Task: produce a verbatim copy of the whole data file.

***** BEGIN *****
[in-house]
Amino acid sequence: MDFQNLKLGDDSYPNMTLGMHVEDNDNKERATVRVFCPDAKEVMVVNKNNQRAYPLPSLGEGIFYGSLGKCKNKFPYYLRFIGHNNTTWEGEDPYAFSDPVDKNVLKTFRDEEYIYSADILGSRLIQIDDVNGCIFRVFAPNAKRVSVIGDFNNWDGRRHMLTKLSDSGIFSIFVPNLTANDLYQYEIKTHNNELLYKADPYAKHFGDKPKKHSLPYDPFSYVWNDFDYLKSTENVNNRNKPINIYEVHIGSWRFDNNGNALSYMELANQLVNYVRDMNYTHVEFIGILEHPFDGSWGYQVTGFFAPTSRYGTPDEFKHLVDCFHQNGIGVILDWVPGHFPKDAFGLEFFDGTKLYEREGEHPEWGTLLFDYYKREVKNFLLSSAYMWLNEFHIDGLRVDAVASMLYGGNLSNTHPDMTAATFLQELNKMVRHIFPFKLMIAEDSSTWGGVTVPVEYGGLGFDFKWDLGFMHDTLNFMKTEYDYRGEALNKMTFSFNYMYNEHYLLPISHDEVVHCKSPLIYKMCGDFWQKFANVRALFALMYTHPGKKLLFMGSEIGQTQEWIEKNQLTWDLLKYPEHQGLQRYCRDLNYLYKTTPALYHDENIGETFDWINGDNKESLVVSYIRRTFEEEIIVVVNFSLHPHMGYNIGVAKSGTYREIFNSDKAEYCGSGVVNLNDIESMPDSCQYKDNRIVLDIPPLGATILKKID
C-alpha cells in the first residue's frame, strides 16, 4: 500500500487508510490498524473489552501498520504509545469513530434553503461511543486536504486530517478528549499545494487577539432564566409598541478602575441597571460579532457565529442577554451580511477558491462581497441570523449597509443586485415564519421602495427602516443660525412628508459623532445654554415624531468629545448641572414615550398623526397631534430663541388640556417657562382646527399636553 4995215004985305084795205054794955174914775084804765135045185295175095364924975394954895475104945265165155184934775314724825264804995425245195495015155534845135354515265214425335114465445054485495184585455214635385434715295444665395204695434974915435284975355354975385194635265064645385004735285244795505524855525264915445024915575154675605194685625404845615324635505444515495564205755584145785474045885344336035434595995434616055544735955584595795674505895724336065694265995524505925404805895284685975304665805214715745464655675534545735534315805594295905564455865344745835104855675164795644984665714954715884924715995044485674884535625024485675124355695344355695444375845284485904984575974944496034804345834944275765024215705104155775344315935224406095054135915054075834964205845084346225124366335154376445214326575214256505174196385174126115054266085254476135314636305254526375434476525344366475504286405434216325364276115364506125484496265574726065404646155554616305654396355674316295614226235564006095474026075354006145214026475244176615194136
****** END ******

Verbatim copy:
[in-house]
Amino acid sequence: MDFQNLKLGDDSYPNMTLGMHVEDNDNKERATVRVFCPDAKEVMVVNKNNQRAYPLPSLGEGIFYGSLGKCKNKFPYYLRFIGHNNTTWEGEDPYAFSDPVDKNVLKTFRDEEYIYSADILGSRLIQIDDVNGCIFRVFAPNAKRVSVIGDFNNWDGRRHMLTKLSDSGIFSIFVPNLTANDLYQYEIKTHNNELLYKADPYAKHFGDKPKKHSLPYDPFSYVWNDFDYLKSTENVNNRNKPINIYEVHIGSWRFDNNGNALSYMELANQLVNYVRDMNYTHVEFIGILEHPFDGSWGYQVTGFFAPTSRYGTPDEFKHLVDCFHQNGIGVILDWVPGHFPKDAFGLEFFDGTKLYEREGEHPEWGTLLFDYYKREVKNFLLSSAYMWLNEFHIDGLRVDAVASMLYGGNLSNTHPDMTAATFLQELNKMVRHIFPFKLMIAEDSSTWGGVTVPVEYGGLGFDFKWDLGFMHDTLNFMKTEYDYRGEALNKMTFSFNYMYNEHYLLPISHDEVVHCKSPLIYKMCGDFWQKFANVRALFALMYTHPGKKLLFMGSEIGQTQEWIEKNQLTWDLLKYPEHQGLQRYCRDLNYLYKTTPALYHDENIGETFDWINGDNKESLVVSYIRRTFEEEIIVVVNFSLHPHMGYNIGVAKSGTYREIFNSDKAEYCGSGVVNLNDIESMPDSCQYKDNRIVLDIPPLGATILKKID
C-alpha cells in the first residue's frame, strides 16, 4: 500500500487508510490498524473489552501498520504509545469513530434553503461511543486536504486530517478528549499545494487577539432564566409598541478602575441597571460579532457565529442577554451580511477558491462581497441570523449597509443586485415564519421602495427602516443660525412628508459623532445654554415624531468629545448641572414615550398623526397631534430663541388640556417657562382646527399636553 4995215004985305084795205054794955174914775084804765135045185295175095364924975394954895475104945265165155184934775314724825264804995425245195495015155534845135354515265214425335114465445054485495184585455214635385434715295444665395204695434974915435284975355354975385194635265064645385004735285244795505524855525264915445024915575154675605194685625404845615324635505444515495564205755584145785474045885344336035434595995434616055544735955584595795674505895724336065694265995524505925404805895284685975304665805214715745464655675534545735534315805594295905564455865344745835104855675164795644984665714954715884924715995044485674884535625024485675124355695344355695444375845284485904984575974944496034804345834944275765024215705104155775344315935224406095054135915054075834964205845084346225124366335154376445214326575214256505174196385174126115054266085254476135314636305254526375434476525344366475504286405434216325364276115364506125484496265574726065404646155554616305654396355674316295614226235564006095474026075354006145214026475244176615194136